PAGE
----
rules are made to be broken…
There are no rules here. The only rule is to enjoy yourself. In the states we make rules for everything: who can park where and when, check-in and check-out times, pool hours, speed limits, there are rules for everything! In Costa Rica there are no rules, or at least less enforcing of them. This leaves you with the feeling of freedom. You can do whatever you want (within reason).
What time does the pool close? NEVER! Swim at 3am if you want. What time is check in? NOW! What about check out? WHENEVER! It is so refreshing to not have the feeling of someone always watching you, counting the things you’re doing wrong and the rules you are breaking, waiting to give you a ticket or a fine or a tongue-lashing. Reverse psychology at its finest and it works! Tell someone they absolutely cannot do something, and they will want to do it. Remove the rules and it’s no longer as appealing to break them.
Life is different here, slower. In Costa Rica they will never bring you your check at a restaurant. They consider it disrespectful and instead allow you to enjoy your time with no feeling of rush. Even if you only order one $2 beer, you have the right to sit at that beach table and enjoy that beer all day long, if you feel like it. You have to ask for your check here, always.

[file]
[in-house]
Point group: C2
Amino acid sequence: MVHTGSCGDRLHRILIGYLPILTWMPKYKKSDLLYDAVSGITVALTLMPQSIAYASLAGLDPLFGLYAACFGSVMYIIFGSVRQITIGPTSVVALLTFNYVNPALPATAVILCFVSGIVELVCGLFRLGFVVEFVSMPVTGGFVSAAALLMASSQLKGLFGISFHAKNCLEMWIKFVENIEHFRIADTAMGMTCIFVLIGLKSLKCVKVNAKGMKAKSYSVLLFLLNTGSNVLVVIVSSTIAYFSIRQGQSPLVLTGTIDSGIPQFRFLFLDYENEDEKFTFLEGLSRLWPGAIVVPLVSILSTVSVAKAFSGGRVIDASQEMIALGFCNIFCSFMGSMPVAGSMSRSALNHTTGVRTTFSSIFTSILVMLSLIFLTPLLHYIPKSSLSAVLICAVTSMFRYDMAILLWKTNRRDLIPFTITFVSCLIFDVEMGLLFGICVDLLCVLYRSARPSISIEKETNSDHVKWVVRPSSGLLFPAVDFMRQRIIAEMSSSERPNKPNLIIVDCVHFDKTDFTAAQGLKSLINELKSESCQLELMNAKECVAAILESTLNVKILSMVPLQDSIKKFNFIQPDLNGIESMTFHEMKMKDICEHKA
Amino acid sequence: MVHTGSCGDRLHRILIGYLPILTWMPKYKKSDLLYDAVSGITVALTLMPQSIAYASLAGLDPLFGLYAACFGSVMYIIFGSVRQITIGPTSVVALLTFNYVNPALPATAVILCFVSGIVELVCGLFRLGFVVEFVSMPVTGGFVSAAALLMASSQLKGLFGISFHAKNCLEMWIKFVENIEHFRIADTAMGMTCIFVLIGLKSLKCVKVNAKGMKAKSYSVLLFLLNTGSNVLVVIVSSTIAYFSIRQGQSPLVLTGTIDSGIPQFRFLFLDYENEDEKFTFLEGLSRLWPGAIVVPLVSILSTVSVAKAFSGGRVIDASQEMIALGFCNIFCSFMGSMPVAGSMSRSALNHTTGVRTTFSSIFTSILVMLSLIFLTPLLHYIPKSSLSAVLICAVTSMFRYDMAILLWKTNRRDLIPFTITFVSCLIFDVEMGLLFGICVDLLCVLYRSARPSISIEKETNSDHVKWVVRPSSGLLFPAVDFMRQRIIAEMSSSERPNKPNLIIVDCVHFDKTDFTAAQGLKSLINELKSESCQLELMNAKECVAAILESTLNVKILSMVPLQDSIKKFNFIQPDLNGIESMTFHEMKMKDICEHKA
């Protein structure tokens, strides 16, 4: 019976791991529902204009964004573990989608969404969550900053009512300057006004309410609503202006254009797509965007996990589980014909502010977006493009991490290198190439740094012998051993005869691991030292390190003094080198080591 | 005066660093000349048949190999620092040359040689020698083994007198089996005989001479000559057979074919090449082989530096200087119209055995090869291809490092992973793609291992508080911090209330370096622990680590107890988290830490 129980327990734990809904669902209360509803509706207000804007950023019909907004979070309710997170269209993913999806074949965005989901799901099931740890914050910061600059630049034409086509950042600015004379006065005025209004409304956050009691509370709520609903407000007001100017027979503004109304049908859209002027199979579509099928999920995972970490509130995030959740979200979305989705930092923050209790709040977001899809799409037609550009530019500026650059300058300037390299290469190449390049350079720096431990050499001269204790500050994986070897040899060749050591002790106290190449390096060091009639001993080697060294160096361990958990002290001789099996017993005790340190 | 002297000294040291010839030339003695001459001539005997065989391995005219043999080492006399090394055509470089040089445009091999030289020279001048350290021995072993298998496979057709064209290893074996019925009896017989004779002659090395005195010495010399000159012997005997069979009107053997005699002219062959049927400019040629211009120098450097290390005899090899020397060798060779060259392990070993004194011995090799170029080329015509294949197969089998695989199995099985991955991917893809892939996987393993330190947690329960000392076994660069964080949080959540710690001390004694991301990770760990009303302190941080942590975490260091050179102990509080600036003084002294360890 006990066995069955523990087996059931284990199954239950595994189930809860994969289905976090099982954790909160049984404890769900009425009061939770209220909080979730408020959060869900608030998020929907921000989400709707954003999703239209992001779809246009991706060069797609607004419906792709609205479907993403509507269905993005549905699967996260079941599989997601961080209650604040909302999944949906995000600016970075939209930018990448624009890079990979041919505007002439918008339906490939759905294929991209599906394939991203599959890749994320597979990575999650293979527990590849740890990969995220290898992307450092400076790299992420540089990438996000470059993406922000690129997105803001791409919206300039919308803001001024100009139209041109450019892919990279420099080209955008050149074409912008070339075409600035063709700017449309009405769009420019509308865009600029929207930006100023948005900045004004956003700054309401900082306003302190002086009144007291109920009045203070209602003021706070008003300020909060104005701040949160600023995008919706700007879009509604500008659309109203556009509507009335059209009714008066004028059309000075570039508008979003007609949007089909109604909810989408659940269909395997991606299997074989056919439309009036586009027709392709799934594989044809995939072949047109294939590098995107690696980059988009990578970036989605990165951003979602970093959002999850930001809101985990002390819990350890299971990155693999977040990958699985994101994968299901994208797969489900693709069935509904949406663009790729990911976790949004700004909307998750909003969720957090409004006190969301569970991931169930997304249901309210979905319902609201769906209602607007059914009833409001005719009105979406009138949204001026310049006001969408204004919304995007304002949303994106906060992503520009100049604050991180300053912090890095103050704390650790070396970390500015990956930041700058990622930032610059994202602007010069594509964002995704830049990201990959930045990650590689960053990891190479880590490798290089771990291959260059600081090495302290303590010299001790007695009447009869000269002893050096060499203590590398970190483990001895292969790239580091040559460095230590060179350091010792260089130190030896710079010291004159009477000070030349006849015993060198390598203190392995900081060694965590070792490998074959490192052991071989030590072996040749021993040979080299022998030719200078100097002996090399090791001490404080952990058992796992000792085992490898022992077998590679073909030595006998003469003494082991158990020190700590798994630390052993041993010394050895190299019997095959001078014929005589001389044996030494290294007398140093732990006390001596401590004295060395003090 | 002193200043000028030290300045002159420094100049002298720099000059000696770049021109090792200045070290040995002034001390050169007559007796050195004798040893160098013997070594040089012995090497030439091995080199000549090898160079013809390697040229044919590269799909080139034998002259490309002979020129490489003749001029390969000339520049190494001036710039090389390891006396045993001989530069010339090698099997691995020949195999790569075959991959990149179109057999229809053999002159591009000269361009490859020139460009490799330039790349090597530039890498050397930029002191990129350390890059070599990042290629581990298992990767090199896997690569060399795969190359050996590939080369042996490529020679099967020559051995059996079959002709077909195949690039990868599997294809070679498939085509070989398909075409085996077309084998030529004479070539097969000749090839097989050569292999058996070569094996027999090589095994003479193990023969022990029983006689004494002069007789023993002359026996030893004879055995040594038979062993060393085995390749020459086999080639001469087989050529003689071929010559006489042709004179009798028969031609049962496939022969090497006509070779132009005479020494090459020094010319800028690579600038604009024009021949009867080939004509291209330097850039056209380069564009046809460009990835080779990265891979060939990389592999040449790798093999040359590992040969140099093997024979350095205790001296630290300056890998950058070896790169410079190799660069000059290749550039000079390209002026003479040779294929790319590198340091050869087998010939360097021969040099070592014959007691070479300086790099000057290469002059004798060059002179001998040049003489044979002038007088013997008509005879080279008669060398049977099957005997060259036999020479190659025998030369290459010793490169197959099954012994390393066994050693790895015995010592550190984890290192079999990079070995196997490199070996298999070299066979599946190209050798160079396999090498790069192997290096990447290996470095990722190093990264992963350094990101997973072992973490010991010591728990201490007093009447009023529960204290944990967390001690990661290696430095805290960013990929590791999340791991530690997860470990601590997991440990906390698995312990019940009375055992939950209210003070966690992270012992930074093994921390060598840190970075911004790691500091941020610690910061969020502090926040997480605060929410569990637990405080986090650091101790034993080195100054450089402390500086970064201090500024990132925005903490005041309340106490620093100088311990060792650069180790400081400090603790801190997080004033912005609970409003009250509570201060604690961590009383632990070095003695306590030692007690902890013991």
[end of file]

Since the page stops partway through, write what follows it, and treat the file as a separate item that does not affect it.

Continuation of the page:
In the states they are always rushing you out the door, shoving your check onto your table the second your food is delivered, wanting to turn the table over quickly. Treating you like a number, not a person. I remember nights where we spent $100 on fancy dinners, and 30 minutes after arriving we are being rushed out of the restaurant, wishing we could get our $100 and 30 minutes back. I love that the servers here encourage you to take your time. Enjoy the view. Let your food digest. Think about life. It used to be so rare for us to sit for an hour after our last sip of beer or bite of food, in pure, appreciative silence, just to enjoy the view. But it feels wonderful.
Costa Rica is trying to send the world a message: less rushing, more enjoying. The only rule is to enjoy yourself and to have fun. Are you listening? Are you ready to absorb the message? If not, no worries, the message will still be waiting when you’re finally ready. The message is clear and is repeated many times each day in this sleepy beach town:
Kari Pinkerton Silcox
It would be a tragedy to die, having never really lived. Which is why my husband Andy and I quit our jobs, sold our house and decided to chase our dreams. We moved to Costa Rica without a plan, and this is the story of our adventure.